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Radiation A stream of particles or electromagnetic waves emitted by the atoms and molecules of a radioactive substance as a result of nuclear decay. Radiation treatment interferes with growth and replication of cancer cells by changing the structure of molecules that make up the cell's DNA.
Radioimmunotherapeutic A drug carrying radiation that hones in on its target using activities derived from our knowledge of immunology. Often involves a monoclonal antibody, with attached radiation, honing in on a specific cell surface marker.
Radio-iodine A radioactive isotope of the naturally occurring element, iodine. "
Radioisotope An isotope with an unstable nucleus that spontaneously emits radiation. The radiation emitted includes alpha particles, nucleons, electrons, and gamma rays. Radioisotopes can be used in radiation therapy to treat cancer or as tracers as in nuclear medicine scans for diagnostics.
Raf A protein involved in intracellular signal transduction that is activated by another signaling protein called ras.
Randomized A technique, based on chance distribution, of assigning patients to treatment and control groups. Refers to when neither subjects of a clinical trial nor those running the trial are allowed to choose which subjects will receive the intervention(s) being tested. Properly executed, this strategy effectively neutralizes patient prognostic factors by spreading them evenly among treatment and control groups.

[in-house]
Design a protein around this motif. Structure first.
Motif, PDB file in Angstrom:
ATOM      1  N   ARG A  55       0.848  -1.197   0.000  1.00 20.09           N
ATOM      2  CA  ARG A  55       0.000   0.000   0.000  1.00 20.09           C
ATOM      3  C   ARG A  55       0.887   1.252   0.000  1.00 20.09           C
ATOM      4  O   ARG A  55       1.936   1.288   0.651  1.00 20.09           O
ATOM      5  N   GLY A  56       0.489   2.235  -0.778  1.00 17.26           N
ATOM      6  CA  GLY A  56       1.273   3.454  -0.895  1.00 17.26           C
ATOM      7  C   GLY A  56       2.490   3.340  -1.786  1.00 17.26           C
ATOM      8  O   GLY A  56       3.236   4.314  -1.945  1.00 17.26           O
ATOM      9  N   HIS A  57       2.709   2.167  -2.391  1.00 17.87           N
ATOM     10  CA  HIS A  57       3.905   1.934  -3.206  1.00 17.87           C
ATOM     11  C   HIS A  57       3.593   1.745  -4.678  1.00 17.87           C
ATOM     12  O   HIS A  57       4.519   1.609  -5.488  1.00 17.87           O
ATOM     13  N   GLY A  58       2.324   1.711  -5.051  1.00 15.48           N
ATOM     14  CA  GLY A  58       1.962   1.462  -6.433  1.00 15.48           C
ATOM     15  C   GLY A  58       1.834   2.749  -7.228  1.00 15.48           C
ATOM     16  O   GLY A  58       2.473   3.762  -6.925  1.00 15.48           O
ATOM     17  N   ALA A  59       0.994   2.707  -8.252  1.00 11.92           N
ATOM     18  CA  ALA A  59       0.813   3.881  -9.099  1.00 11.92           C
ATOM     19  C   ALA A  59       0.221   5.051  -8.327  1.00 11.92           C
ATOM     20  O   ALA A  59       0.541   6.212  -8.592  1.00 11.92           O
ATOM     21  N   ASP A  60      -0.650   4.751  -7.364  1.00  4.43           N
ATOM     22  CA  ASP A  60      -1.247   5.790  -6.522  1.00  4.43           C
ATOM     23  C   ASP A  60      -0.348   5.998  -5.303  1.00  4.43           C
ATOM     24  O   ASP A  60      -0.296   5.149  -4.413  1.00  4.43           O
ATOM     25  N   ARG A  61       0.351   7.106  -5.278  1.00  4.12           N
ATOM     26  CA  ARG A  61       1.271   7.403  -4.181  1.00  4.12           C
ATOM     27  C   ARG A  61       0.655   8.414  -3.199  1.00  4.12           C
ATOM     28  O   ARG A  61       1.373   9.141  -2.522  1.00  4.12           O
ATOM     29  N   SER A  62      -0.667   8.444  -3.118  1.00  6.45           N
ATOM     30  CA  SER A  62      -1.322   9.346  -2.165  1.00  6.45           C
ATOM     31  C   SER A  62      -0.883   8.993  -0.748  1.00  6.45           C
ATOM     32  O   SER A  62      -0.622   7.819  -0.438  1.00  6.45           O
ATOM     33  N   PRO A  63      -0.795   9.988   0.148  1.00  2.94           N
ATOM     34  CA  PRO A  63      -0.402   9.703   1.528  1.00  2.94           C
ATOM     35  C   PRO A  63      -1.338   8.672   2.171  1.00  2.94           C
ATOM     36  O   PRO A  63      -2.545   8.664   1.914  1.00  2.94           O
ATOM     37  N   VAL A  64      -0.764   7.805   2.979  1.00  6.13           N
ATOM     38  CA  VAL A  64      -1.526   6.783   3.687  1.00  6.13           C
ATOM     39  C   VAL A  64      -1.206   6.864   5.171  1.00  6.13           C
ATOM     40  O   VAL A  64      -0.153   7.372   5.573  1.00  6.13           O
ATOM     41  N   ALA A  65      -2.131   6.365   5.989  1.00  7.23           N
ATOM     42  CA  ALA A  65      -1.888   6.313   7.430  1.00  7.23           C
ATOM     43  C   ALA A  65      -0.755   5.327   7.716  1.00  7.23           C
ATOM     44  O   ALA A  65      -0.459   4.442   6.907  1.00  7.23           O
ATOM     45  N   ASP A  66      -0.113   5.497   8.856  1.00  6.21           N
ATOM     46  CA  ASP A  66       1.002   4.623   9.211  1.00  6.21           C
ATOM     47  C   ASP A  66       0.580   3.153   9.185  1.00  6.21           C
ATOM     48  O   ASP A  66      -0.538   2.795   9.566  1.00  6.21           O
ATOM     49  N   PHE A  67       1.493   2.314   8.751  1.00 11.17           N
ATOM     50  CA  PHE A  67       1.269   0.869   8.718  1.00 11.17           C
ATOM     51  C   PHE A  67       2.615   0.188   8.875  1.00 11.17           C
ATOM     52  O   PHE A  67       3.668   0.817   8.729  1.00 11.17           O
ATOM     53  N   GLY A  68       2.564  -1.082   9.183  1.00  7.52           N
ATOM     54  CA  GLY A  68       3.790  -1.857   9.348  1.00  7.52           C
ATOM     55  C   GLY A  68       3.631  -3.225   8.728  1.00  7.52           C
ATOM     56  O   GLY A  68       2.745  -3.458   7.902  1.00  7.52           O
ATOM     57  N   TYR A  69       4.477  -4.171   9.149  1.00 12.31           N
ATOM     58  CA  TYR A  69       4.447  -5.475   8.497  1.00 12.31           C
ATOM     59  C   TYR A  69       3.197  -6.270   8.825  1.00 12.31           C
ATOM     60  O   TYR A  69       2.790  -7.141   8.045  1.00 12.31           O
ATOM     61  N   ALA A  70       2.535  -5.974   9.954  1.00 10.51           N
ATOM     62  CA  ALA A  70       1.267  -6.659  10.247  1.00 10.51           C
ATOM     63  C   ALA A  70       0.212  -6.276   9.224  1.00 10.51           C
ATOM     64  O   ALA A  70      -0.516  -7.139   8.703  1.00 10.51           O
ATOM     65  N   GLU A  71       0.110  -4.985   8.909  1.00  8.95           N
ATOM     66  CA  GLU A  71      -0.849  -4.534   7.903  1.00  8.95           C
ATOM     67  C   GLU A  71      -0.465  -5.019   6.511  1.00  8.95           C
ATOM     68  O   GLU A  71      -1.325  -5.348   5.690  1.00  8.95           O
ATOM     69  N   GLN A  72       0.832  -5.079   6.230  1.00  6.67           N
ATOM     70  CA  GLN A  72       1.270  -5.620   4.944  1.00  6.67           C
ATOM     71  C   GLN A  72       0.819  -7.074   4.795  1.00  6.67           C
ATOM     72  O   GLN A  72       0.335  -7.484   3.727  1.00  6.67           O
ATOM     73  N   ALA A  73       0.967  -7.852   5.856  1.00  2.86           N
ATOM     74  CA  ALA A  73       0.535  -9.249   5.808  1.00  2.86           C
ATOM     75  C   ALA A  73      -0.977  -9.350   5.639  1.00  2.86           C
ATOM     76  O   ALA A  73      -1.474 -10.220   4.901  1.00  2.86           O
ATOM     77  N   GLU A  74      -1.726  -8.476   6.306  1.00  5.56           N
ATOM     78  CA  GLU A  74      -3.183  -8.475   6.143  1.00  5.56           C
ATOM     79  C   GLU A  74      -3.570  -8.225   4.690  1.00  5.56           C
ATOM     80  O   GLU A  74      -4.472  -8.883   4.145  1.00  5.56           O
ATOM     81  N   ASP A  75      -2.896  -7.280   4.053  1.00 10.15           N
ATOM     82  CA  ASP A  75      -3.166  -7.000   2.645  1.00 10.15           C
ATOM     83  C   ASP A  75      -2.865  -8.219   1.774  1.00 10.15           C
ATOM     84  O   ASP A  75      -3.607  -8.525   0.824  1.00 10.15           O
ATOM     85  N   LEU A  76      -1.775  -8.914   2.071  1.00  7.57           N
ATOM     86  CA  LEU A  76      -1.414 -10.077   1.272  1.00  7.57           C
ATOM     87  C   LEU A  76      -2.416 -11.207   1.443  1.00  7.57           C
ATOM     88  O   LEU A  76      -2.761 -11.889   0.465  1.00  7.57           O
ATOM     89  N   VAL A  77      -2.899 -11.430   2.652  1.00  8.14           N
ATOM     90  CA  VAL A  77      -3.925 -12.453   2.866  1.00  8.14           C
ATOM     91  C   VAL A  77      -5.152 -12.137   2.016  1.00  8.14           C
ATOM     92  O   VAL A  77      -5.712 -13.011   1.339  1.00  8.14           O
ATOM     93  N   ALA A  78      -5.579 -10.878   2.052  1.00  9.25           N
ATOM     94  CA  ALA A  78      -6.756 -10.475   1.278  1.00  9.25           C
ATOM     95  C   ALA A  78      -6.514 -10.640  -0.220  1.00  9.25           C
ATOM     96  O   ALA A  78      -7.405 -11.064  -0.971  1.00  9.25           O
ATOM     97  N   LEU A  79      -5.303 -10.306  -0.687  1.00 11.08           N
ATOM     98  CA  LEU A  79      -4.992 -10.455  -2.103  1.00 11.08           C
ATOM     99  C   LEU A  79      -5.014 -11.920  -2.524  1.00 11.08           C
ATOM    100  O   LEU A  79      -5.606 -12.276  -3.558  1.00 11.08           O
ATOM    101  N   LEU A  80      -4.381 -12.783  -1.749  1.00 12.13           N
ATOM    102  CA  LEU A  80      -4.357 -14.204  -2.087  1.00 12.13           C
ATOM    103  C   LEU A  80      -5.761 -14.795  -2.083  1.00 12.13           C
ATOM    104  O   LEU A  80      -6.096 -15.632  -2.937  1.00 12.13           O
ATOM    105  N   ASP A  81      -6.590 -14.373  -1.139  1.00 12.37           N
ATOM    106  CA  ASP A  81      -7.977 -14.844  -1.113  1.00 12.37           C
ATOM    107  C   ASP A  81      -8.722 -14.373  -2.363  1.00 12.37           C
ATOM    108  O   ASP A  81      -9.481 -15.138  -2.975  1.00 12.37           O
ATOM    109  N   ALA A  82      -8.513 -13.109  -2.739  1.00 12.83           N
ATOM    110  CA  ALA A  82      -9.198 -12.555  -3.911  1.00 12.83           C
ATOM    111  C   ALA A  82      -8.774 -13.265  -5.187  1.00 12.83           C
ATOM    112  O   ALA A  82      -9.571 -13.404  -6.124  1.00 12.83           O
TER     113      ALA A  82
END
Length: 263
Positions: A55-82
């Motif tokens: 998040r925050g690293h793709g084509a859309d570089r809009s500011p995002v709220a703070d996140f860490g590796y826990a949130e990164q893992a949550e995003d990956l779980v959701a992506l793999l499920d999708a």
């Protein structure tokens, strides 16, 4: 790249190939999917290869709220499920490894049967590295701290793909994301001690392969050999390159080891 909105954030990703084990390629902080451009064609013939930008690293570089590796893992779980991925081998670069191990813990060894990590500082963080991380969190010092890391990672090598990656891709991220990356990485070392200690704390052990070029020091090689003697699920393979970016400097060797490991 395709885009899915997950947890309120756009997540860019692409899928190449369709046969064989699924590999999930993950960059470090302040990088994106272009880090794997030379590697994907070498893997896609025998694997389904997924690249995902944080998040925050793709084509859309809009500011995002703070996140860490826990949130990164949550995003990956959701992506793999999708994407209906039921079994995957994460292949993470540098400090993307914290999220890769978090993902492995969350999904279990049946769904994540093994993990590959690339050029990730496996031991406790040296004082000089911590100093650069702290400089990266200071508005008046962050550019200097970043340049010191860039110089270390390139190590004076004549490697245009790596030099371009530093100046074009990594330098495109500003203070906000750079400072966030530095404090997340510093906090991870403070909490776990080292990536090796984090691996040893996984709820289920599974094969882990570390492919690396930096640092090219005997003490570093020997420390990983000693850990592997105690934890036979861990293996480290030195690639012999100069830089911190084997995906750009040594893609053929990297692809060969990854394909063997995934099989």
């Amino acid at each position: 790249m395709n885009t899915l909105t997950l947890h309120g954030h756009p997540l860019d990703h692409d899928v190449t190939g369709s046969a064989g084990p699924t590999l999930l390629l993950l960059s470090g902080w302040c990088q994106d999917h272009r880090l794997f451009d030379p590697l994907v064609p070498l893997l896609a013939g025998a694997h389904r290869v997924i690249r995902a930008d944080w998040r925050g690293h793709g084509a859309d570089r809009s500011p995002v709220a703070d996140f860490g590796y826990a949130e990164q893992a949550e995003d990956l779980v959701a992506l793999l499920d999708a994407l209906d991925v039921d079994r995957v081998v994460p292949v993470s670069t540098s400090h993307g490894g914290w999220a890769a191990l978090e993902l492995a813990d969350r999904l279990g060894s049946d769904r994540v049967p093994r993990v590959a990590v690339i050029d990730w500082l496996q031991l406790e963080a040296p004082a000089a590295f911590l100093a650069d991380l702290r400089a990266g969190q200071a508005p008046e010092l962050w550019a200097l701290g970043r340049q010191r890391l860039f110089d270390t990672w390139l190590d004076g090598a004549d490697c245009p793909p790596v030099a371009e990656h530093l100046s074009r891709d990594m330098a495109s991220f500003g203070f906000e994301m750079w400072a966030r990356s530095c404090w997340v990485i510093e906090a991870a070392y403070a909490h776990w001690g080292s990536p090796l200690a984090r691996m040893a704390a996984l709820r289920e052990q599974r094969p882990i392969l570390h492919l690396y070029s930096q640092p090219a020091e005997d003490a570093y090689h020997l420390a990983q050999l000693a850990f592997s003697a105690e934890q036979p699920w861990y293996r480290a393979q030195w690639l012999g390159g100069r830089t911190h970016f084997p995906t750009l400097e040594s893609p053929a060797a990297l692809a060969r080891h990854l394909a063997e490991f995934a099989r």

Ras An intracellular signaling protein that transmits signals from outside the cell to the nucleus, resulting in cellular responses like mitosis or activation. Ras is a member of the small G protein family of proteins.
Rater-blinded A study in which those assigning clinical performance scores (such as scalar scoring systems used for the measurements of cognition, functional status, or other extents of disease involvement) are unaware of which alternative treatment is being given to each trial participant.
Rb Gene A tumor suppressor gene similar in function to p53. Rb encodes a protein that regulates cell growth and division. Rb is inactivated or mutated in many tumor cell types, including retinoblastoma, for which it is named.
Reagents Materials used for biological experiments or procedures.
Receptor (1) A protein that selectively interacts with a specific substance (ligand) in order to accomplish a specific biological task or initiate a specific series of biological activities. (2) A sensory nerve terminal that receives and responds to stimuli.
Receptor Tyrosine Kinase A type of protein found in the cell membrane that contains a ligand binding domain as well as a kinase domain. When the ligand - often a growth factor - binds, the kinase becomes active, adding phosphates to the amino acid tyrosine on target proteins.
Recombinant DNA DNA that results from the insertion of a (nucleotide) sequence not originally present.
Recombinant Proteins Proteins made from recombinant DNA technology wherein engineered DNA coding for a specific therapeutic protein of choice facilitates the protein’s mass production. Recombinant proteins such as Humulin (human insulin) and Epogen (erythropoetin) offer a relatively safe and inexpensive alternative to animal-based proteins with, often, a better adverse effect profile. These proteins led to the birth of the biotechnology industry.